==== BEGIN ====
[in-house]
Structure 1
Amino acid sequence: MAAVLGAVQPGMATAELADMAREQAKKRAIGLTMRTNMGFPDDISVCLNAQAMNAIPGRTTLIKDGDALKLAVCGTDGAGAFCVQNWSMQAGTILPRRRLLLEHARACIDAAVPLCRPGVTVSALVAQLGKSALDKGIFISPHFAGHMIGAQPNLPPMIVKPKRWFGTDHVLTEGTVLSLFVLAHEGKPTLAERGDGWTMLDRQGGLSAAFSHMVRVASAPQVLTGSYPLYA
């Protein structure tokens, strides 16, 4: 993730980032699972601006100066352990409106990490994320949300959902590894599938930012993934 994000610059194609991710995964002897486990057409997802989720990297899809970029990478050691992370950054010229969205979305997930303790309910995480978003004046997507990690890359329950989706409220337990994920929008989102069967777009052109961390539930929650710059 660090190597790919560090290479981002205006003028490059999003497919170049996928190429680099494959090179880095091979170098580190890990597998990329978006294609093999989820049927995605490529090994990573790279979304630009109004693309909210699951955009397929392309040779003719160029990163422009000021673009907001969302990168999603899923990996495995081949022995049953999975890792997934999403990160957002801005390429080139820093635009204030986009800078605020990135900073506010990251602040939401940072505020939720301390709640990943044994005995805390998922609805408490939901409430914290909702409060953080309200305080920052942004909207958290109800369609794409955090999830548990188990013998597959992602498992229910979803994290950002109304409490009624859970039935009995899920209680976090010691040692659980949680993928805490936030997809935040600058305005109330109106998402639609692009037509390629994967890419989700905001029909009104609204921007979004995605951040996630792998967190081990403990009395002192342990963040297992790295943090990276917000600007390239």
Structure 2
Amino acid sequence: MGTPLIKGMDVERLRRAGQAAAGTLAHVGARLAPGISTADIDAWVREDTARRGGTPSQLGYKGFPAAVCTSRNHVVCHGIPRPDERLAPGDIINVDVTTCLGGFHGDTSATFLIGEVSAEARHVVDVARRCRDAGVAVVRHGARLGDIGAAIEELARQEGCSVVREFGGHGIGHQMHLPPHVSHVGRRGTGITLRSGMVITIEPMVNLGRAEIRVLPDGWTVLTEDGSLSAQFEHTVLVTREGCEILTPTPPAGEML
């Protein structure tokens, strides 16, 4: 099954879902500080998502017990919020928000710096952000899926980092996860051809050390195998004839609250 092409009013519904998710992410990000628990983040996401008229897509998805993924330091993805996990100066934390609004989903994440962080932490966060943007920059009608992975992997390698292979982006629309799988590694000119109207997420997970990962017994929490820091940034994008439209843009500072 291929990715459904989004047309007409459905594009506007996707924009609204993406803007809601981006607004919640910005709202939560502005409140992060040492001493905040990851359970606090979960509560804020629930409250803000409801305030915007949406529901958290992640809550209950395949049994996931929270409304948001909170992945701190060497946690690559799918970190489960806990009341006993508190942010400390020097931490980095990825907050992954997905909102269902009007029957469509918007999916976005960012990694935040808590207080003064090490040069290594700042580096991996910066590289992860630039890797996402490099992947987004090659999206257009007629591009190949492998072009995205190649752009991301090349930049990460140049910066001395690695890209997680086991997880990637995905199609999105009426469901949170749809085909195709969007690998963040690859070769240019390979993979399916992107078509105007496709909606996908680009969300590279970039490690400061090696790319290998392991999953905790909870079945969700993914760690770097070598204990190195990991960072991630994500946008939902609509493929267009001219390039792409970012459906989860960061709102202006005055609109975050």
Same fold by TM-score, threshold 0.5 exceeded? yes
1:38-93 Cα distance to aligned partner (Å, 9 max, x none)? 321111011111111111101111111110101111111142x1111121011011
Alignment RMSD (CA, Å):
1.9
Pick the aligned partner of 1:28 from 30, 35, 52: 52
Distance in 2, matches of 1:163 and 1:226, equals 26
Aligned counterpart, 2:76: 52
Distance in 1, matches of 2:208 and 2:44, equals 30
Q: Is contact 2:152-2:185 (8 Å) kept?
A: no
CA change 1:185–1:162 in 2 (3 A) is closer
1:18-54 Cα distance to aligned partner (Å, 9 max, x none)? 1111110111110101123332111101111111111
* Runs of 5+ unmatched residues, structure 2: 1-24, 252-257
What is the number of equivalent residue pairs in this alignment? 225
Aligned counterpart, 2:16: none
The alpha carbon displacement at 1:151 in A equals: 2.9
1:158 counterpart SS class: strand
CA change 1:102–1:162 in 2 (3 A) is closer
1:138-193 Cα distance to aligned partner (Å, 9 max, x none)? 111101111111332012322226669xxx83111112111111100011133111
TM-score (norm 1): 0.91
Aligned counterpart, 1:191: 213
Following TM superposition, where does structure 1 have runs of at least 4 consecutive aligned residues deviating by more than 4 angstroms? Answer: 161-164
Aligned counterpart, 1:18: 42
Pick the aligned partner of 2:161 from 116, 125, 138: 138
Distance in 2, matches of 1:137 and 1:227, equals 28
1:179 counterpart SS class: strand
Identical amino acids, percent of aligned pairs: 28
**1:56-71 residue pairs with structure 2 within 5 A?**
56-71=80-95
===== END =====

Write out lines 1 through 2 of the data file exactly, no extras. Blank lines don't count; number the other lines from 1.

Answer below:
[in-house]
Structure 1